Nature, Landscape, and Night Sky Photography by Zach Schierl

Sands and Sage in Central Washington

A cliff of basalt with patches of snow

Layers of basalt form the rim of Echo Basin, a large coulee in central Washington.

Apparently a global pandemic is what it takes for me to have time to post new photos. We are thankful to be healthy and safe here in Washington and hope you are as well. Just before things started getting rough, we were excitedly welcoming the end of winter’s icy gray grip and had begun exploring the desert landscapes of central Washington.

The Pacific Northwest may not be known for its sand dunes but about one hour north of the Tri-Cities (Kennewick, Pasco, and Richland) lies the Juniper Dunes Wilderness Area, a ~7,000 acre BLM-managed anomaly in the middle of privately-owned central Washington farmland. The dune field itself extends well beyond the wilderness area, and is used heavily by off-highway vehicles. Most of the year, reaching the wilderness area on foot requires a several mile sand slog through the OHV area. Fortunately, in the spring months, the owners of an adjacent ranch allow access through their property, permitting direct and quick access to the heart of the dune field.

Puffy white clouds over a field of sand dunes covered in sagebrush

Large swaths of the Juniper Dunes are mantled with sagebrush and grasses, as well as some of the northernmost juniper trees in North America.

I first visited the Juniper Dunes on a geology field trip a decade ago and it is been on my list of places to revisit ever since. The dunes are a mix of active, shifting, barren sand, and partially stabilized dunes covered in grasses, moss, and sagebrush. The area also represents the northernmost extent of the western juniper (Juniperus occidentalis), a few of whose berries will be proudly featured in an upcoming brew from the Pyroclastic Pixels brewery. 🙂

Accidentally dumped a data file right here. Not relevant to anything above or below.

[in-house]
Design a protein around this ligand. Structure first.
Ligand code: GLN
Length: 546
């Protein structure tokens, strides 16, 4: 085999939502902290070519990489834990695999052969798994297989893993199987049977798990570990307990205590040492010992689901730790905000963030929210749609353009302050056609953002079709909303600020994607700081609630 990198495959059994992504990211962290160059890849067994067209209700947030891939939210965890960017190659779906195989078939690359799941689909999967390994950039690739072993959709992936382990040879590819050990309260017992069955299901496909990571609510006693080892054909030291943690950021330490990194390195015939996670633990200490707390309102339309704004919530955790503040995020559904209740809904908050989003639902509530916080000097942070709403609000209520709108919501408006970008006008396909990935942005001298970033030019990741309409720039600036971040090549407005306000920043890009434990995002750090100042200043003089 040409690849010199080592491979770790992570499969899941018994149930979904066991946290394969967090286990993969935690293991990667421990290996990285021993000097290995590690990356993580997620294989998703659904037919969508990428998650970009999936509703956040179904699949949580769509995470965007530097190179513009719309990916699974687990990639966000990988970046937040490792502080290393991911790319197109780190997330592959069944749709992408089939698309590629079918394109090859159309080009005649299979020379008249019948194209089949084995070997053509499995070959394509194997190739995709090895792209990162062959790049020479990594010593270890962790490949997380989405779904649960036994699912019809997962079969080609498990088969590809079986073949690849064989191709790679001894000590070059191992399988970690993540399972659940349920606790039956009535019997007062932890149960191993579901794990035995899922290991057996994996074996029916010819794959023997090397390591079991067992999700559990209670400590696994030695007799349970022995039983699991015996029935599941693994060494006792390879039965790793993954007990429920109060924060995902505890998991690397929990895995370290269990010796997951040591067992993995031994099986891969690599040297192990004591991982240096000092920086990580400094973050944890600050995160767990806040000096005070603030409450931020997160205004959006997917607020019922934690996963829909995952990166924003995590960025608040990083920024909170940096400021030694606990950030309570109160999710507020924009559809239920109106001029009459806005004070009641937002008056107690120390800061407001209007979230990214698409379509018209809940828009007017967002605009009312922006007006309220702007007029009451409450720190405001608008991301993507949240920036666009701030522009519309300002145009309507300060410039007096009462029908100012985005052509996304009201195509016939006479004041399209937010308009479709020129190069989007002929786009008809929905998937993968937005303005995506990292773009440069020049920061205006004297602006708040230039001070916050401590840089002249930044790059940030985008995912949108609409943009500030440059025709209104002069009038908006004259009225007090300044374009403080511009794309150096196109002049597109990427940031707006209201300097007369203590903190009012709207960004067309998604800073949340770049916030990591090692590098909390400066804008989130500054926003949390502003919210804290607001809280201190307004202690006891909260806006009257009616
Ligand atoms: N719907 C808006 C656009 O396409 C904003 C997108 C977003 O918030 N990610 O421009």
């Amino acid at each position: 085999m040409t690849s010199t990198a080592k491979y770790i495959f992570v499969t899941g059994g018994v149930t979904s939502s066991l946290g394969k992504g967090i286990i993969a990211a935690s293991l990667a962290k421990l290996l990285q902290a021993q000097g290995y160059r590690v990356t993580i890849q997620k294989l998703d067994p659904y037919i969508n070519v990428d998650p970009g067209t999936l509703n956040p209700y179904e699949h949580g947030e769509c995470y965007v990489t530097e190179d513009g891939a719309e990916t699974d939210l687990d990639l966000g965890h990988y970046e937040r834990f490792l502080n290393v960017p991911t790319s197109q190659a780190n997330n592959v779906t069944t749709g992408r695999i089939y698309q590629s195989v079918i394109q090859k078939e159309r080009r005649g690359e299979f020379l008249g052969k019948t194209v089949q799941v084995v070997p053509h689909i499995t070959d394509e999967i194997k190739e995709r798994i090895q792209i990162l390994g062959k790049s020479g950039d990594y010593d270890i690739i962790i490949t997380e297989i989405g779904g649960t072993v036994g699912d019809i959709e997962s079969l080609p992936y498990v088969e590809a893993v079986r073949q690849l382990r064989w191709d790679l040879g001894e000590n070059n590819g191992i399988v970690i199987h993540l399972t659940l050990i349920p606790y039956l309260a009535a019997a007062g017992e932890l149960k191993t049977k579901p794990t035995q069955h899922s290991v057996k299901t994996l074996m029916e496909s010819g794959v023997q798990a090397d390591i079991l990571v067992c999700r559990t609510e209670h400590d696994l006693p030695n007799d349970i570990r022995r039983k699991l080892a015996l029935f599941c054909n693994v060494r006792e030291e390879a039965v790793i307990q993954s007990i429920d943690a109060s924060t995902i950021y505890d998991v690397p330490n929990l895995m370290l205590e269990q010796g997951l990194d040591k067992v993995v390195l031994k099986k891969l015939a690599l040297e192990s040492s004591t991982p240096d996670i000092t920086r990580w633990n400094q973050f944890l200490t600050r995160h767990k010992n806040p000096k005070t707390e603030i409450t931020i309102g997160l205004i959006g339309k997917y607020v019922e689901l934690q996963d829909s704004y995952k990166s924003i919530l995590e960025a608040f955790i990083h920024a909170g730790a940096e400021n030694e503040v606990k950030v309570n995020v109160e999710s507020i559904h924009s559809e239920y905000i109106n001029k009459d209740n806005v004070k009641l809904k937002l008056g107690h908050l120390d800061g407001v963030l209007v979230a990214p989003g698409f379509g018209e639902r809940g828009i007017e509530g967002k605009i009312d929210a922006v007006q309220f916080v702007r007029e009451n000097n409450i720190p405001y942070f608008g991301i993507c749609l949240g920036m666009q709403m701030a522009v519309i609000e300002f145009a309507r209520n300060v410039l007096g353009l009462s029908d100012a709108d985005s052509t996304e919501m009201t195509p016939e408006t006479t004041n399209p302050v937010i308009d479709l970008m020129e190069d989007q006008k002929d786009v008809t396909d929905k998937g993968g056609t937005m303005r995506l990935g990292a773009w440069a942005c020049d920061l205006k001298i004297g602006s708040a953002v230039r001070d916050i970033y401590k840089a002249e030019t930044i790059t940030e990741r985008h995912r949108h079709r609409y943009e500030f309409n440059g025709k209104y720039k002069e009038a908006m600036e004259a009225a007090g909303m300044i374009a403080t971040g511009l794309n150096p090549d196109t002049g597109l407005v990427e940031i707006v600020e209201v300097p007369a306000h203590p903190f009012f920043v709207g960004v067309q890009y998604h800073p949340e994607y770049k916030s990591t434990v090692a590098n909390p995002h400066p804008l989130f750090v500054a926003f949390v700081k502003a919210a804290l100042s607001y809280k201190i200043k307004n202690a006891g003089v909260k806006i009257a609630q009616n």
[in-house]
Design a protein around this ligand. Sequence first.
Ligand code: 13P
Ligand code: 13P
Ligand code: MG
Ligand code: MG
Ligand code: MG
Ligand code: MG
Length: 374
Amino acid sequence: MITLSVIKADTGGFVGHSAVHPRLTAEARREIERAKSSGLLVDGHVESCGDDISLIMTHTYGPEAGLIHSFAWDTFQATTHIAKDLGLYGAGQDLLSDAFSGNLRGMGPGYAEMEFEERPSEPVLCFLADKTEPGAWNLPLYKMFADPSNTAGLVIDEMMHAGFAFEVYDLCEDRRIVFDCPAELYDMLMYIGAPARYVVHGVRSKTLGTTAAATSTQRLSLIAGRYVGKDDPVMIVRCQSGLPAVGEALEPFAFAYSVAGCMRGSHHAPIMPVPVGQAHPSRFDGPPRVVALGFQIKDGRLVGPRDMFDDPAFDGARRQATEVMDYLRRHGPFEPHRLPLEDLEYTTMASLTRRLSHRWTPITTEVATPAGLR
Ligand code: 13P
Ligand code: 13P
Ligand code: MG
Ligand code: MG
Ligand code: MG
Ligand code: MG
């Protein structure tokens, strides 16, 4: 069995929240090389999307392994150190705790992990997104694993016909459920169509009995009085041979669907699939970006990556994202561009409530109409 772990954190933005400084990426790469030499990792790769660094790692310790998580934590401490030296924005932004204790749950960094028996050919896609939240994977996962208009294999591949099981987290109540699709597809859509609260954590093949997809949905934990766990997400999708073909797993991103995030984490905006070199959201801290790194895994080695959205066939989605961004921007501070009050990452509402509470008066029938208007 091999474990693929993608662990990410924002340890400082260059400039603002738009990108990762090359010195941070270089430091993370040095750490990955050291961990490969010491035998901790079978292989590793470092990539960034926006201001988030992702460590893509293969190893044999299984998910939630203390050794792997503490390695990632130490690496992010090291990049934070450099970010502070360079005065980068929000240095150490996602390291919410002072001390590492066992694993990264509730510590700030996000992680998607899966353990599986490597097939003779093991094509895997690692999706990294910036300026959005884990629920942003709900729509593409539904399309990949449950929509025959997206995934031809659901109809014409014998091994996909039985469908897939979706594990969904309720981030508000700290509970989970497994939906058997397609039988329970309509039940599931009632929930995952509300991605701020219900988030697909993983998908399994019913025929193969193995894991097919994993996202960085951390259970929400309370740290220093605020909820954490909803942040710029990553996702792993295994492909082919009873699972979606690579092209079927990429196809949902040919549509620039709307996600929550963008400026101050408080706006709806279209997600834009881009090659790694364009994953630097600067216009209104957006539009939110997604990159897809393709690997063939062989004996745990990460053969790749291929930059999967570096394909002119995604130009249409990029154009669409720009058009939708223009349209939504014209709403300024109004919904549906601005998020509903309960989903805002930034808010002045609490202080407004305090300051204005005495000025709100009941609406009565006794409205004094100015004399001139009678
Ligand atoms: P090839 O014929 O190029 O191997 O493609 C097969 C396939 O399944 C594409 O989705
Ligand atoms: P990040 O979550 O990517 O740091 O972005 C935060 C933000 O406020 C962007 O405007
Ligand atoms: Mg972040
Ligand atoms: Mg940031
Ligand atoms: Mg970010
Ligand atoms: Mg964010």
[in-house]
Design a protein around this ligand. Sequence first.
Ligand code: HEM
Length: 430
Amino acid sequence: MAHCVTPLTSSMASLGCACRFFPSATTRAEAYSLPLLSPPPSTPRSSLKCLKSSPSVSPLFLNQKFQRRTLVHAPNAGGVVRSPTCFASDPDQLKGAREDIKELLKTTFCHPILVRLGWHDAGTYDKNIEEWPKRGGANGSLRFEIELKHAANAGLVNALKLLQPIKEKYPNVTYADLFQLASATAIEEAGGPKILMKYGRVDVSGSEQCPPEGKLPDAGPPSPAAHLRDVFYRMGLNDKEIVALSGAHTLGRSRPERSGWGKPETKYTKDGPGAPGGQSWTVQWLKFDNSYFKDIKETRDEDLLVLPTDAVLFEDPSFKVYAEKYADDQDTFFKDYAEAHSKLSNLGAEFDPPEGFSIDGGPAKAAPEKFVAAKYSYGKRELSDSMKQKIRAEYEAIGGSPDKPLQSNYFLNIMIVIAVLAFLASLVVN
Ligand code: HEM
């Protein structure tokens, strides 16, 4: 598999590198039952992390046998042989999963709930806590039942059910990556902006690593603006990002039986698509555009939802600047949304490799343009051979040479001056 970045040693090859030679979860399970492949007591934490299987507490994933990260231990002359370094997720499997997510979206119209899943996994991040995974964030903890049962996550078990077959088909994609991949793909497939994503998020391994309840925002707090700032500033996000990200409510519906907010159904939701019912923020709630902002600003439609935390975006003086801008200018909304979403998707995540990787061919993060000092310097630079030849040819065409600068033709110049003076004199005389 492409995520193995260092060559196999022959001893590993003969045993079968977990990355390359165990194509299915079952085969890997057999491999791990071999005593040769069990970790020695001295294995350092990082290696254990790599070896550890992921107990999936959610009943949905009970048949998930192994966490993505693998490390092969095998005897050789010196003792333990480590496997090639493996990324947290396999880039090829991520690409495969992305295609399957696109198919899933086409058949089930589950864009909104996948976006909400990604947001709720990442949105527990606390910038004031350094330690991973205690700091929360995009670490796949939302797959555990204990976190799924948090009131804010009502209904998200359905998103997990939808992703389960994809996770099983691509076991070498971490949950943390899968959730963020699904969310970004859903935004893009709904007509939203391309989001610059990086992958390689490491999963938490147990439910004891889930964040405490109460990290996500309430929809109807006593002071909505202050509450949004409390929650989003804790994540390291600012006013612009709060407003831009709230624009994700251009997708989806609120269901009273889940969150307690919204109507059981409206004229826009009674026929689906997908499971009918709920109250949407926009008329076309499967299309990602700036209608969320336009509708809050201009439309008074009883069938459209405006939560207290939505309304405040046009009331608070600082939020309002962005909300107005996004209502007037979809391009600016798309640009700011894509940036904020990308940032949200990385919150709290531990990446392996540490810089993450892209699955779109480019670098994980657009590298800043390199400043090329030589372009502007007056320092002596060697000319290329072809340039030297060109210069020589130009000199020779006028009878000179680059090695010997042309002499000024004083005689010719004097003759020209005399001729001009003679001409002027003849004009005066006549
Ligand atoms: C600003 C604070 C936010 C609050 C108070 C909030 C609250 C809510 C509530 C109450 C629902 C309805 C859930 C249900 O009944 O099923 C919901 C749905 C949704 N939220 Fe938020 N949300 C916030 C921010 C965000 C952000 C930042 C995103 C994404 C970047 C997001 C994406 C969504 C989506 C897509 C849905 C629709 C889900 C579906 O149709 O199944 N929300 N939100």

Ripples in a sand dune, grasses, and clouds

Juniper Dunes Wilderness Area, Washington

During our visit at the beginning of March, the first vestiges of spring were appearing: namely, abundant sunshine and a handful of small wildflowers poking their heads out of the sand:

Tiny bell shaped yellow and red flowers poke up out of the sand

One of the first wildflowers of the season, Yellow Fritillary (Fritillaria pudica), poking through the sand.

A few weeks later, and just a few days before a statewide shelter-in-place order took effect, we “socially distanced” ourselves by heading to the White Bluffs, a several mile-long stretch of chalk-colored cliffs along the banks of the Columbia River directly across from the Hanford Site. Part of the Hanford Reach National Monument, the bluffs are a mixture of fine sediment, some deposited by the ancient Columbia River itself, and some by massive floods that swept across central and eastern Washington during the last “ice age” 12,000 to 18,000 years ago. Persistent winds scour loose sand from the cliffs and associated landslides, depositing it in a large dune field along the crest of the bluff.

Rocks sculpted by the wind sit on the ground with a view of a large river in the background

Wind abraded chunks of sediment rest on the ground with the Columbia River in the background.

White, chalky cliffs above a river

The White Bluffs, Hanford Reach National Monument, Washington

White, chalky cliffs above a river

Cliffs and sand dunes, Hanford Reach National Monument, Washington

The aforementioned floods shaped much of the modern topography of central and eastern Washington. One of the most spectacular features formed by these floods are the broad, steep-sided ravines known as coulees. Formed when floodwaters aggressively plucked large columns out of the basaltic lava flows that blanket much of the Pacific Northwest, most of the coulees are eerily dry today and not until the 1920s did geologists unravel their true origin. Two of the most impressive and easily accessible are Frenchmen Coulee and Echo Basin, just off of I-90 between Seattle and Spokane. Crammed with rock climbers in the good weather months, in mid-January when we visited we had the coulees almost entirely to ourselves:

A cliff of basalt with patches of snow

Large hexagonal columns of basalt along the rim of Echo Basin, a popular site for rock climbing…in the warmer months!

A vista looking out across cliffs and grasslands toward a mountain with wind turbines on top

Looking west from Frenchman Coulee and Echo Basin toward Whisky Dick Mountain and the Wild Horse Wind Project.

More photos to come from the 2019 archives! I’ve also been working on creating a more comprehensive “Galleries” page where you can view my photos sorted by location. Check it out here.

2 responses

  1. Mary Resch

    Enjoyed very much! Keep them coming! Living vicariously.

    April 2, 2020 at 6:42 am

  2. Mary Goldade Sutherland

    Amazing pictures as always!

    April 2, 2020 at 9:47 pm

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